It is the joint responsibility of both the major and minor to prepare future teachers to evaluate information critically, to study and research independently, and to communicate knowledge effectively. The following four program goals have been established for the Liberal Studies Degree. Goal 1 is largely the responsibility of the Liberal Studies major and Goal 4 the responsibility of the Elementary Education minor; benchmarks for Goals 2 and 3 have been designed across the entire degree program.
1. Acquisition of Knowledge. Graduates are broadly educated in the liberal arts and sciences:
- Understanding the significant ideas, concepts,
structures and values within disciplines, including theoretical,
ethical, and practical implications.
- Mastering content knowledge in all areas taught in
elementary schools: the arts, math literature and language, social
sciences, sciences, and human development and learning.
- Balancing a breadth of knowledge in the liberal arts and sciences with depth of knowledge within a discipline.
2. Construction of Knowledge. Graduates demonstrate habits of thinking, including analytical skills, independent thinking, reasoned judgment, mature values, and imagination:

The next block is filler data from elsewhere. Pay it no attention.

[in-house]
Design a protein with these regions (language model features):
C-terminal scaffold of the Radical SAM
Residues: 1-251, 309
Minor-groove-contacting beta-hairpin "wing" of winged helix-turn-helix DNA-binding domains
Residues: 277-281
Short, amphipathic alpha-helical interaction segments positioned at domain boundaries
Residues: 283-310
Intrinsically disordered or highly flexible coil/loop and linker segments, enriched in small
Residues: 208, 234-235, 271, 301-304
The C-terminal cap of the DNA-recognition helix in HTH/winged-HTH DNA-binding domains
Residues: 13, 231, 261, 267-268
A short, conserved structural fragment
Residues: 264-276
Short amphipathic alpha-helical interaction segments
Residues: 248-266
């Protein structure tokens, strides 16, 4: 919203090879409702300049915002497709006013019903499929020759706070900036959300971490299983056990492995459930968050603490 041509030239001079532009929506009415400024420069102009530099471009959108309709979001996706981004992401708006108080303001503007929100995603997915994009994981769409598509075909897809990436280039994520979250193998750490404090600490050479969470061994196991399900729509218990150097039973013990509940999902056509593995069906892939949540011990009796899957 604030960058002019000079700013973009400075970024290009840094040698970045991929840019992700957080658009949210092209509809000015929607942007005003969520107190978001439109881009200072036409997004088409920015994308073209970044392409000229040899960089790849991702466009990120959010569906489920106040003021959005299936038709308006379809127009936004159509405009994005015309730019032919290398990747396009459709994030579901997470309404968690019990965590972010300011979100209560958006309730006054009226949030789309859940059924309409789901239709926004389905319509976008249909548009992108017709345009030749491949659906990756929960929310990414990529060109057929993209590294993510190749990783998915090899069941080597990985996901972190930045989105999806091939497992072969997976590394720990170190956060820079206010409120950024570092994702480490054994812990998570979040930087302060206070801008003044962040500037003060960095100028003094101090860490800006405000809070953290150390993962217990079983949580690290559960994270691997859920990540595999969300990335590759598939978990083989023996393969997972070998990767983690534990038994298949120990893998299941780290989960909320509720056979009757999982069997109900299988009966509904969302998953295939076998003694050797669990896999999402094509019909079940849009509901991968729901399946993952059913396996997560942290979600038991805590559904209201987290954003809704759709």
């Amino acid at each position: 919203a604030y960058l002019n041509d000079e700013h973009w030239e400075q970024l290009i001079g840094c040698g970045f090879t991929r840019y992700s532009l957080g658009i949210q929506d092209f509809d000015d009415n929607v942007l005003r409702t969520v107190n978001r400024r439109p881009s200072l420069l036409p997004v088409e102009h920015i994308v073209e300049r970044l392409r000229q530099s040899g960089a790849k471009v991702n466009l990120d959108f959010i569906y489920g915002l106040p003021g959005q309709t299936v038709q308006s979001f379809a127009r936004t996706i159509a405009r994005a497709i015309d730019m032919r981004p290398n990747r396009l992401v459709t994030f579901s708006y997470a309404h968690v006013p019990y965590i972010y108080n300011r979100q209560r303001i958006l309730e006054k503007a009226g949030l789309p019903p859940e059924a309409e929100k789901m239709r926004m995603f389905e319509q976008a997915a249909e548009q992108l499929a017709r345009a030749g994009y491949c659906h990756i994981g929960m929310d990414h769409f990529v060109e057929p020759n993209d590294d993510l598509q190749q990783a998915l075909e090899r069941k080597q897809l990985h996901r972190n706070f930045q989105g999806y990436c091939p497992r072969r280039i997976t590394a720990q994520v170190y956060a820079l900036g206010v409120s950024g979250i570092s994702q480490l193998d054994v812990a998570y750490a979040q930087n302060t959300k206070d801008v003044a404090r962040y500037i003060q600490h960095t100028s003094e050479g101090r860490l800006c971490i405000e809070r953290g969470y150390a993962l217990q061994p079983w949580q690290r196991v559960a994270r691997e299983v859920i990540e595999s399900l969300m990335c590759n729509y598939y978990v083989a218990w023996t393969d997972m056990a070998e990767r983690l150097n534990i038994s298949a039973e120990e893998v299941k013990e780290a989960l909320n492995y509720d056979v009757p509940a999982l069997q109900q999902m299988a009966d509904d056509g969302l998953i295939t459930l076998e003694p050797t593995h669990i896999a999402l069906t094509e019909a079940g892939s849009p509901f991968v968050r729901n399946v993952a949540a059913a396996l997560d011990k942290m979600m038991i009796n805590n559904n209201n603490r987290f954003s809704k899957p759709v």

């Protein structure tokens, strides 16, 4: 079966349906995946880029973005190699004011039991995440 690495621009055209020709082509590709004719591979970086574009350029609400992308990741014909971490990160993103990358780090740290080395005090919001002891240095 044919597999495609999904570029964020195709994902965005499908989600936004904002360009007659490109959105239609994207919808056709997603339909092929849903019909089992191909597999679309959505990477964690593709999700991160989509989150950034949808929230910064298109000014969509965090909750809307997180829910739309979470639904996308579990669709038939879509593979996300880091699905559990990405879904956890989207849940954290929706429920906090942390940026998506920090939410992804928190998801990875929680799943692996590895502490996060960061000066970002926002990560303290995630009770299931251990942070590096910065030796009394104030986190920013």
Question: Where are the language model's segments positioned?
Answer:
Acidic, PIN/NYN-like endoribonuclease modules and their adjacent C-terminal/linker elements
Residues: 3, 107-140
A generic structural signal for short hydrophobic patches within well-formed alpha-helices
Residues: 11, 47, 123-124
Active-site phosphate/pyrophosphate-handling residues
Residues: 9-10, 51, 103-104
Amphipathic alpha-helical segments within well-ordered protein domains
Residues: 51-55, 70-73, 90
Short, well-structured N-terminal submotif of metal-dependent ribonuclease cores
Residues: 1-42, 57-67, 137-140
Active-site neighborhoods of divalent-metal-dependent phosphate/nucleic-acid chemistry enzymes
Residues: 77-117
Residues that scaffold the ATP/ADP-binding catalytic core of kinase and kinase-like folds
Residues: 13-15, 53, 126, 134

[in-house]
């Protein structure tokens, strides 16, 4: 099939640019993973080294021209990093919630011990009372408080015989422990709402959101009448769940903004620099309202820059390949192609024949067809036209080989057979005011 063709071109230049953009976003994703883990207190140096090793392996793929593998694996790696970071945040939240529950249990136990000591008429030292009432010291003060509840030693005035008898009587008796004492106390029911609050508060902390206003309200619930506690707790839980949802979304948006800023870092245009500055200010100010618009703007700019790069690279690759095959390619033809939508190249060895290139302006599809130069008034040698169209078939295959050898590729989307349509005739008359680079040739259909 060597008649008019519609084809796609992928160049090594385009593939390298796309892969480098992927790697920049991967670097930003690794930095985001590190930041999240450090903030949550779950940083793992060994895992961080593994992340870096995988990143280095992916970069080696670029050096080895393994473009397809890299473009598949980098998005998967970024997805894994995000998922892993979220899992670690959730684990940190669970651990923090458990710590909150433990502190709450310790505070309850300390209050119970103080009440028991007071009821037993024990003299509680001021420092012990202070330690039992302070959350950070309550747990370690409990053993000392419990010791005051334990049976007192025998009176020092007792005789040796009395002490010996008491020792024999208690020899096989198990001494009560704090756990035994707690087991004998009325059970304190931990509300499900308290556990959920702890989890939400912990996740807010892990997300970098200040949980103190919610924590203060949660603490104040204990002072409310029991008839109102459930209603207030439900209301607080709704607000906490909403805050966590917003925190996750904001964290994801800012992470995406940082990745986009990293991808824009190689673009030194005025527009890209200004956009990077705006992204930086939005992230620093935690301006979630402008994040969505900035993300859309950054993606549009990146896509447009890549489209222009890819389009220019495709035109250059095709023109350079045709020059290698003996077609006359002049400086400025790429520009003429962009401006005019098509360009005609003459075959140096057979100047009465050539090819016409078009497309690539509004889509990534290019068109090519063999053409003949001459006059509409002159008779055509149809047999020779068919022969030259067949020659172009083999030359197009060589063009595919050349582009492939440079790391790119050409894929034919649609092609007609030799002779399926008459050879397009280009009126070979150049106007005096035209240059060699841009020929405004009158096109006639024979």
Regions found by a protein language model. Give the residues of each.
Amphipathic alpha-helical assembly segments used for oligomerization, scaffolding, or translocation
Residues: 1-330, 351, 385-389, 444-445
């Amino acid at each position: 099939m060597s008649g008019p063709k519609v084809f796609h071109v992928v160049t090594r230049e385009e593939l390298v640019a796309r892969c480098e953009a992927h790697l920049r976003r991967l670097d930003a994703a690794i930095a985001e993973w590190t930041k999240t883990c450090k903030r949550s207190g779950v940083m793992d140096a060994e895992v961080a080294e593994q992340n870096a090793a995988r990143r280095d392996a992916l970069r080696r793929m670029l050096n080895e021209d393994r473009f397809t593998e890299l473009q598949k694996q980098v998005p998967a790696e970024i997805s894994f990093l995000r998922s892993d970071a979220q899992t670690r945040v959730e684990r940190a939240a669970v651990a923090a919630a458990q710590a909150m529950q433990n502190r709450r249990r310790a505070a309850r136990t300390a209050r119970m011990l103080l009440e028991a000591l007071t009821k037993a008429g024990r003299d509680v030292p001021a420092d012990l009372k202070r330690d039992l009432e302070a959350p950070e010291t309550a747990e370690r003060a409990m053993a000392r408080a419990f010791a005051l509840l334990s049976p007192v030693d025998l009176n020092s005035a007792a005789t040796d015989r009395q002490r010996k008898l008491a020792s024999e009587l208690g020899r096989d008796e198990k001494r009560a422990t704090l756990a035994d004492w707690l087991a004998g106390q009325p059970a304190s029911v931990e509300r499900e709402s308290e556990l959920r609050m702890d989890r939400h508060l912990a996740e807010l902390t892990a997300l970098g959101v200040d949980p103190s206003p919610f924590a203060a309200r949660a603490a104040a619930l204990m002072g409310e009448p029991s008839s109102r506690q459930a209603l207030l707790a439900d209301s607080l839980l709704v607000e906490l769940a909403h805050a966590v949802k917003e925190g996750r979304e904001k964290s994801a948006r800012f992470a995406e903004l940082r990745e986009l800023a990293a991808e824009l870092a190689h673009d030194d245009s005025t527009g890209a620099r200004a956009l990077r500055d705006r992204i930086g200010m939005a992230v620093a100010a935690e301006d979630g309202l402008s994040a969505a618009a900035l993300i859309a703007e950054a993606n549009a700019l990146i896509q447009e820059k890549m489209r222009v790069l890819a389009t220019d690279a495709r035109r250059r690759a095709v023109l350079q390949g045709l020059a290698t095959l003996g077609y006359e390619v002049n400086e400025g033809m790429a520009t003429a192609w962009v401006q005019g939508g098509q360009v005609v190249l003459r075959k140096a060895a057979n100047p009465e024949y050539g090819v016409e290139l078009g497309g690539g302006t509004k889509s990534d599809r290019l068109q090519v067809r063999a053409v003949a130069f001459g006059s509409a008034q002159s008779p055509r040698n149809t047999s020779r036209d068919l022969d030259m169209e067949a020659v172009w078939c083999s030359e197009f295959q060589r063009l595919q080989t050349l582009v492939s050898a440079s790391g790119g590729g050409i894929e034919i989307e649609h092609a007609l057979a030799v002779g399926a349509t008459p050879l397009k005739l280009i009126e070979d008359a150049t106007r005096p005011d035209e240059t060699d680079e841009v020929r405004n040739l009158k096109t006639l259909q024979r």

- Utilizing the tools of inquiry of the humanities, arts,
mathematics, and behavioral, social, and natural sciences to understand
and evaluate ideas.
- Developing habits of critical intellectual inquiry, including self-direction and self-reflection.
- Making connections from different intellectual perspectives and multiple viewpoints to form cross-disciplinary connections.
- Utilizing research skills of the liberal arts and
sciences, including library and data retrieval skills, to study and
3. Communication of Knowledge. Graduates communicate effectively:
- Writing clearly in a variety of academic and practical formats.
- Speaking effectively in a variety of settings.
- Utilizing technology as a tool to inform and communicate.
4. Application of Knowledge. Graduates create standards-based learning experiences that make knowledge accessible, exciting, and meaningful for all students:
- Using multiple representations and explanations of
disciplinary concepts that capture key ideas and link them to students’
- Using different viewpoints, theories, “ways of knowing,’ and methods of inquiry in teaching of subject matter content.
- Evaluating curriculum for their comprehensiveness, accuracy, and usefulness for representing particular ideas and concepts.
- Engaging students in generating knowledge and testing
hypotheses according to the methods of inquiry and standards of evidence
used in the discipline
- Developing and using curricula that encourage students to see and interpret ideas from diverse perspectives.
- Creating interdisciplinary learning experiences that allow inquiry from several subject areas.